Faith groups call for G7 Summit to heed warnings on fossil fuels

As world leaders arrive in Cornwall , ahead of the G7 Summit, local Quakers walked from Falmouth to the venue in Carbis Bay, holding the leaders in their thoughts.

circle of seated Qs on beach near St Michael's Mount
Meeting for worship on Marazion beach ahead of G7 Summit. (Photo Jackie Carpenter)

Meanwhile,Quakers in Britain joined dozens of other representatives of faith bodies to call on the UK government to use its Presidency of the G7 and of UN climate talks (COP26) to drive real progress on addressing the climate crisis.

The open letter to the Prime Minister, states that “As people of faith, we cannot stand by while world leaders continue to delay action. These delays, on phasing out support for fossil fuels and on addressing climate impacts, are destroying lives. From the Pacific islands to sub-Saharan Africa, from Bangladesh to Brazil, the climate crisis is a present reality for the world’s poorest people. They have little power to tackle this catastrophe which they did not cause. We ask you, who do have power, to use the UK’s G7 and COP Presidency in their interests.”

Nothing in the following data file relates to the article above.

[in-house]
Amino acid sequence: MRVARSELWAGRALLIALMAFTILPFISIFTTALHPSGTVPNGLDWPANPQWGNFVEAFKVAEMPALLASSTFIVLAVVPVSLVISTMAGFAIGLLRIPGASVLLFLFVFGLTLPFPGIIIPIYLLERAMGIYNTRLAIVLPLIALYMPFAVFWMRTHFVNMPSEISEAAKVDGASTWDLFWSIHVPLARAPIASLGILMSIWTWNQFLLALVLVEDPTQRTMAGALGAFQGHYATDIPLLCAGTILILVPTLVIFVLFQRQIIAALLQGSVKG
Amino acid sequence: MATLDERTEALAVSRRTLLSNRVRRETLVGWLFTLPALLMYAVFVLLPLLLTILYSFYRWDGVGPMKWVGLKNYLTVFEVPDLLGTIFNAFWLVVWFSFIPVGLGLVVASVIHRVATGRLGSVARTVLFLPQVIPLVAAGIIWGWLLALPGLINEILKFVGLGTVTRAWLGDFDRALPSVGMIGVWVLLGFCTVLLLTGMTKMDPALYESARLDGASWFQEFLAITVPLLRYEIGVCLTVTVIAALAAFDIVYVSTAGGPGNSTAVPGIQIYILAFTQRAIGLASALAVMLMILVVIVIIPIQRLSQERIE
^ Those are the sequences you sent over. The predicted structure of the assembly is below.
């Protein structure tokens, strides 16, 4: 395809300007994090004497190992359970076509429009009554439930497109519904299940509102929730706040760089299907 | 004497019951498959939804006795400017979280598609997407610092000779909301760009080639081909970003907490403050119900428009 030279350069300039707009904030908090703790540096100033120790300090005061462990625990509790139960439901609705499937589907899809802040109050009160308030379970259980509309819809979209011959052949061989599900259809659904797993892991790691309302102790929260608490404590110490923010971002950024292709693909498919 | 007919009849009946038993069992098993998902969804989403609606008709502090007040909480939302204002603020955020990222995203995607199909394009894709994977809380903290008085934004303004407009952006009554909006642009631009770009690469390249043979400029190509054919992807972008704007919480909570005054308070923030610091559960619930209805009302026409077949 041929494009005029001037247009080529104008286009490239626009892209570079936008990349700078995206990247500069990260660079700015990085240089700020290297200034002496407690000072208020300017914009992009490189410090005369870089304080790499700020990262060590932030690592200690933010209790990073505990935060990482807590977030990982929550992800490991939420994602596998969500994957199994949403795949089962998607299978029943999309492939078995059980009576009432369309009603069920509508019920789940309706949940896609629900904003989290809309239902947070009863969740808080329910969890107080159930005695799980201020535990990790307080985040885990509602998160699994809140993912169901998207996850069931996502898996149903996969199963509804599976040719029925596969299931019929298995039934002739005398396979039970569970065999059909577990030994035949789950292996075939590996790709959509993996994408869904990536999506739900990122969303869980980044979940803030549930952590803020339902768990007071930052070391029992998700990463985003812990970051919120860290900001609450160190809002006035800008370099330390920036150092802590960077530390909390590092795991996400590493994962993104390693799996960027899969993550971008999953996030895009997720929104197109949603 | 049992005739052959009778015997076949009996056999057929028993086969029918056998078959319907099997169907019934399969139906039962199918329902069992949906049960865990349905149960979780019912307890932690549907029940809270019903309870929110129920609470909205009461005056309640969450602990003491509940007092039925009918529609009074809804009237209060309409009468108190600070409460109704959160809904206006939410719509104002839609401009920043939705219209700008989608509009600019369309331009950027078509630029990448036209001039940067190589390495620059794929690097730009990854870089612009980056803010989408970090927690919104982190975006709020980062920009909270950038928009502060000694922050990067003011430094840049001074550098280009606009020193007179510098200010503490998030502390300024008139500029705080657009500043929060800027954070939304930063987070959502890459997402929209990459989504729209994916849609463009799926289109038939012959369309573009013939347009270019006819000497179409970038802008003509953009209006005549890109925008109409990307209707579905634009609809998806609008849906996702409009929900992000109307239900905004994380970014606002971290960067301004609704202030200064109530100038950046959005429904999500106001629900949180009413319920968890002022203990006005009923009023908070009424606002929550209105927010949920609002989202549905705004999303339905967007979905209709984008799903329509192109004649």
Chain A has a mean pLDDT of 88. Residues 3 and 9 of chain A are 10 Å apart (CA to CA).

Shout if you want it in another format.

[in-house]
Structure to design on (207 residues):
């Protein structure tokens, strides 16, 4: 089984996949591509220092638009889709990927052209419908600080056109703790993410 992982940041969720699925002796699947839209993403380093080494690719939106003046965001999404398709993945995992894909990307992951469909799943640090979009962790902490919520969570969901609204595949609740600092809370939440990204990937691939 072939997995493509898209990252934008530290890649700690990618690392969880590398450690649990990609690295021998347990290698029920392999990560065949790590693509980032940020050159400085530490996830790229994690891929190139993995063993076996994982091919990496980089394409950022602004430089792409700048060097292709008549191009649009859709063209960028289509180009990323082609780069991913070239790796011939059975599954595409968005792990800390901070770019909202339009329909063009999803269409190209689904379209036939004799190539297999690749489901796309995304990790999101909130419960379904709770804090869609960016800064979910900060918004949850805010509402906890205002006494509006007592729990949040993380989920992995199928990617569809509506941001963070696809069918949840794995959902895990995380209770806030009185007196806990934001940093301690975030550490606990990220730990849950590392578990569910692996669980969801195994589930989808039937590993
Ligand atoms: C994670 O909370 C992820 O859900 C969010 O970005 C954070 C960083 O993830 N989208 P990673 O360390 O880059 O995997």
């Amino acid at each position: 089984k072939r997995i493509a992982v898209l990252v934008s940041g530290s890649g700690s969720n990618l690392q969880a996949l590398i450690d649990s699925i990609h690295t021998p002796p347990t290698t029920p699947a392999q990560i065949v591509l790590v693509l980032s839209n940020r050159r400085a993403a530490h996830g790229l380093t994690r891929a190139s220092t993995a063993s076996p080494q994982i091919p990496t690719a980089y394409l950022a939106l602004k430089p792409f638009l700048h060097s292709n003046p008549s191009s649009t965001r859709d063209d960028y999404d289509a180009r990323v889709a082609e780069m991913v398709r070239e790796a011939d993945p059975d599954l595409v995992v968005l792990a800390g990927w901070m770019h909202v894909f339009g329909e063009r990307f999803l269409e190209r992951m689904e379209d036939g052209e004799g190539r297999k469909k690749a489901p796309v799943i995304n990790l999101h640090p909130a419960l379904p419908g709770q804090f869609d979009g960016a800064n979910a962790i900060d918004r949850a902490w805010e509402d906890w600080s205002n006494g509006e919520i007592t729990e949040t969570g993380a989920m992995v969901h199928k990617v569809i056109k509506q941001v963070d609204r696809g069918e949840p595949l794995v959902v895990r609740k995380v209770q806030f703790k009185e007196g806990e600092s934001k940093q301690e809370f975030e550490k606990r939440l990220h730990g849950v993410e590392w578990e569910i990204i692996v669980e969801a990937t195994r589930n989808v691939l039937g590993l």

The letter follows the publication last week of the International Energy Agency (IEA)’s first ever full scenario report aligned with limiting global warming to 1.5°C. The report states that in order to remain within the 1.5°C target in the Paris Agreement, all new fossil fuel development must cease this year.

We believe that every human life is sacred, and that we have a duty to speak up for those whose voices go unheard.

– Faith groups’ letter to the Prime Minister

The interfaith letter asks the government to end the use of UK public money to subsidise fossil fuels and to conduct a peer review of its financial support for fossil fuels. It also calls for the government to support the creation of an international loss and damage financing facility and to explore sources of financing to fund it. Signatories urge the government to use its Presidency of the G7 Summit and UN climate talks to ensure both issues are discussed at the G7 and COP26.

“As Quakers we believe we need to act in ways that promote fairness and the right sharing of world resources,” said Paul Parker, Recording Clerk for Quakers in Britain. “This is especially true in Britain, a country that has historically and currently taken more than its fair share. The UK must urgently end its reliance on fossil fuels and ensure loss and damage for the most vulnerable countries is at the heart of both international talks.”

Shanon Shah, Director of Faith for the Climate, said: “People of faith in Britain are acutely aware of the losses and damages suffered by our co-religionists and their communities around the world due to the climate crisis. This sense of interconnectedness plays a big part in our pursuit of climate justice as a moral and spiritual concern. Together, within and across our different faith traditions, we are asking the UK government to undertake its urgent moral duty to address climate change nationally and globally.”

The full text of the letter is here

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